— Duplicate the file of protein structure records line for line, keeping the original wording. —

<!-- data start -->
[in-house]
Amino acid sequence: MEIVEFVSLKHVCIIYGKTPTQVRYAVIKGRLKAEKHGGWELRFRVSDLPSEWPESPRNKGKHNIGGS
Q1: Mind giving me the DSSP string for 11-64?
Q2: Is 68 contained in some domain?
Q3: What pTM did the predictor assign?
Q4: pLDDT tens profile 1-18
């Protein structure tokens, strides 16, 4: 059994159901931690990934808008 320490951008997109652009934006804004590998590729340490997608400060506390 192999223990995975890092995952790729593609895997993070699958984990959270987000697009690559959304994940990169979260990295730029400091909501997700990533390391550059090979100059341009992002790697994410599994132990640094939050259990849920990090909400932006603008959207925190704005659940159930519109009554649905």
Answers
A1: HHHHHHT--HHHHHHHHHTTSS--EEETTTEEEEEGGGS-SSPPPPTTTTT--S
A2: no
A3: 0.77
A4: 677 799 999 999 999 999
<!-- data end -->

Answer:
[in-house]
Amino acid sequence: MEIVEFVSLKHVCIIYGKTPTQVRYAVIKGRLKAEKHGGWELRFRVSDLPSEWPESPRNKGKHNIGGS
Q1: Mind giving me the DSSP string for 11-64?
Q2: Is 68 contained in some domain?
Q3: What pTM did the predictor assign?
Q4: pLDDT tens profile 1-18
């Protein structure tokens, strides 16, 4: 059994159901931690990934808008 320490951008997109652009934006804004590998590729340490997608400060506390 192999223990995975890092995952790729593609895997993070699958984990959270987000697009690559959304994940990169979260990295730029400091909501997700990533390391550059090979100059341009992002790697994410599994132990640094939050259990849920990090909400932006603008959207925190704005659940159930519109009554649905």
Answers
A1: HHHHHHT--HHHHHHHHHTTSS--EEETTTEEEEEGGGS-SSPPPPTTTTT--S
A2: no
A3: 0.77
A4: 677 799 999 999 999 999